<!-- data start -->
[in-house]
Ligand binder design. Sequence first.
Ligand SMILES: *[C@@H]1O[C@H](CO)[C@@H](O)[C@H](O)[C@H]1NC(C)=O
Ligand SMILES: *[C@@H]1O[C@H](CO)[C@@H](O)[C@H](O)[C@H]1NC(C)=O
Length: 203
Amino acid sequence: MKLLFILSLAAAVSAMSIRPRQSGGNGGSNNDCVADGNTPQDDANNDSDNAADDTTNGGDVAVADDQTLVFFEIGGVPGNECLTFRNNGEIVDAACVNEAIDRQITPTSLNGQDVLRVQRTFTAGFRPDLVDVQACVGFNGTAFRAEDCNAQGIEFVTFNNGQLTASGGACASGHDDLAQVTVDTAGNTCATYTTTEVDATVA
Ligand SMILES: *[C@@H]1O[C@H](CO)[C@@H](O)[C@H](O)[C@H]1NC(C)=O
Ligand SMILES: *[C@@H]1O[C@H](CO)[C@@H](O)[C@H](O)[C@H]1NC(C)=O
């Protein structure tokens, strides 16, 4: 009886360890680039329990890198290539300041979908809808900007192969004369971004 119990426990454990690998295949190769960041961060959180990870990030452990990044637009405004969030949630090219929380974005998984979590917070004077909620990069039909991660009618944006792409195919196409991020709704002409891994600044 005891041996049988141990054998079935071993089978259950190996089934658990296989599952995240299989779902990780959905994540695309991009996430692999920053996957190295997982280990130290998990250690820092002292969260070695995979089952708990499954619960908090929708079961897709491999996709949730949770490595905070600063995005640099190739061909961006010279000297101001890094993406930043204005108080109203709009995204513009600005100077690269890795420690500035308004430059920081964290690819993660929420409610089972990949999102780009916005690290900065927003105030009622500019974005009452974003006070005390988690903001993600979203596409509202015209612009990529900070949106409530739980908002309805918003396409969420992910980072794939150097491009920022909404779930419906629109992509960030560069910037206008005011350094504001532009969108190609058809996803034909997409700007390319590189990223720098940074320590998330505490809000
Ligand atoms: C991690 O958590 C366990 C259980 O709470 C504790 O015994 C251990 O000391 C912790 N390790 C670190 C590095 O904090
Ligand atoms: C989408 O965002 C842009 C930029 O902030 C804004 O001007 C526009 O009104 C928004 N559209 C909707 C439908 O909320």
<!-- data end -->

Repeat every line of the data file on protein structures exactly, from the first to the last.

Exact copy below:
[in-house]
Ligand binder design. Sequence first.
Ligand SMILES: *[C@@H]1O[C@H](CO)[C@@H](O)[C@H](O)[C@H]1NC(C)=O
Ligand SMILES: *[C@@H]1O[C@H](CO)[C@@H](O)[C@H](O)[C@H]1NC(C)=O
Length: 203
Amino acid sequence: MKLLFILSLAAAVSAMSIRPRQSGGNGGSNNDCVADGNTPQDDANNDSDNAADDTTNGGDVAVADDQTLVFFEIGGVPGNECLTFRNNGEIVDAACVNEAIDRQITPTSLNGQDVLRVQRTFTAGFRPDLVDVQACVGFNGTAFRAEDCNAQGIEFVTFNNGQLTASGGACASGHDDLAQVTVDTAGNTCATYTTTEVDATVA
Ligand SMILES: *[C@@H]1O[C@H](CO)[C@@H](O)[C@H](O)[C@H]1NC(C)=O
Ligand SMILES: *[C@@H]1O[C@H](CO)[C@@H](O)[C@H](O)[C@H]1NC(C)=O
């Protein structure tokens, strides 16, 4: 009886360890680039329990890198290539300041979908809808900007192969004369971004 119990426990454990690998295949190769960041961060959180990870990030452990990044637009405004969030949630090219929380974005998984979590917070004077909620990069039909991660009618944006792409195919196409991020709704002409891994600044 005891041996049988141990054998079935071993089978259950190996089934658990296989599952995240299989779902990780959905994540695309991009996430692999920053996957190295997982280990130290998990250690820092002292969260070695995979089952708990499954619960908090929708079961897709491999996709949730949770490595905070600063995005640099190739061909961006010279000297101001890094993406930043204005108080109203709009995204513009600005100077690269890795420690500035308004430059920081964290690819993660929420409610089972990949999102780009916005690290900065927003105030009622500019974005009452974003006070005390988690903001993600979203596409509202015209612009990529900070949106409530739980908002309805918003396409969420992910980072794939150097491009920022909404779930419906629109992509960030560069910037206008005011350094504001532009969108190609058809996803034909997409700007390319590189990223720098940074320590998330505490809000
Ligand atoms: C991690 O958590 C366990 C259980 O709470 C504790 O015994 C251990 O000391 C912790 N390790 C670190 C590095 O904090
Ligand atoms: C989408 O965002 C842009 C930029 O902030 C804004 O001007 C526009 O009104 C928004 N559209 C909707 C439908 O909320």